First [blog] entry on the new WordPress system:-)

This weekend at St. Peter’s I hosted guest musicians Scott, Megan, and Erin; we spent most of the afternoon yesterday working on music for worship today.  Two original compositions and three unique arrangements rose out of collaboration among friends old and new; below is a piece-by-piece look at the music we made.  Scottie and I also warmed up with some acoustic h&s beforehand, including “Under My Protection,” “Where Will I Alight?,” “Wait, You’re Where?!,” “Blues, or Astroblue?,” and “Major & Minor.”  Q: Why do I like questions as song titles so much?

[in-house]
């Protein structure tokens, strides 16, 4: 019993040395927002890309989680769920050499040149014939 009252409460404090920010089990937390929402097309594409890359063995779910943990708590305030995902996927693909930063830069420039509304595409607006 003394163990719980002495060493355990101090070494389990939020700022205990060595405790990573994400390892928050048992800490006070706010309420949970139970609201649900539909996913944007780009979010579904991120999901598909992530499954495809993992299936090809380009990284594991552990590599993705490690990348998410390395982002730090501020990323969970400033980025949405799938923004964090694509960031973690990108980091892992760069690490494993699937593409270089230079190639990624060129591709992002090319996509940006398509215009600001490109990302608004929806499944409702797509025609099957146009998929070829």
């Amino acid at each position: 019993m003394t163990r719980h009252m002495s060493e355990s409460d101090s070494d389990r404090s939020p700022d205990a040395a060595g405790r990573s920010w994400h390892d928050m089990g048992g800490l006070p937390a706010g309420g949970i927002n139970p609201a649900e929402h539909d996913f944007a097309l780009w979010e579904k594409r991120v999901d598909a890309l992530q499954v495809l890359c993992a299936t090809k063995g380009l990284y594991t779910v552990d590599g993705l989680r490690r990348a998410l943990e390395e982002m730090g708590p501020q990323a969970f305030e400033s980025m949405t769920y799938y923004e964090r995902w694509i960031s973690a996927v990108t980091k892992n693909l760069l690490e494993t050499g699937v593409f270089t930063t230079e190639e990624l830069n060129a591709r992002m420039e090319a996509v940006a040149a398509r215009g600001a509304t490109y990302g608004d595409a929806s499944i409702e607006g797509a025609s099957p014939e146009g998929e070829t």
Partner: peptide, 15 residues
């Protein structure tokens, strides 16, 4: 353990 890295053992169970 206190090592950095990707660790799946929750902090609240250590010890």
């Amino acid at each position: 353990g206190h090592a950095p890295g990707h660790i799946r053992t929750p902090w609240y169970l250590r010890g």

“St. Peter’s, Va, Mawu, Va” – My drum call with ScoMo was a combination of two rhythms; the first a medium groove for improvising to call the congregation into the sanctuary, then breaking into a furious step (get out the way, get out the way!) and the spoken Call to Worship with Jody in Ewe language.  The title means “St. Peter’s, come!  God, come!” – someday I’ll do an EP/album of drum music, and this is definitely going to the “SAVE” pile.

“Come Thou Fount of Every Blessing” – Megan’s guitar arrangement of this traditional hymn placed the first and second verses in a new harmonic framework with a new melody; we all joined together for the third.  It’s a dynamic setting, the music flowing around and reflecting the lyrics; Scott (sax), Erin (viola) and I (djembe) were responsive to her lead and her voice.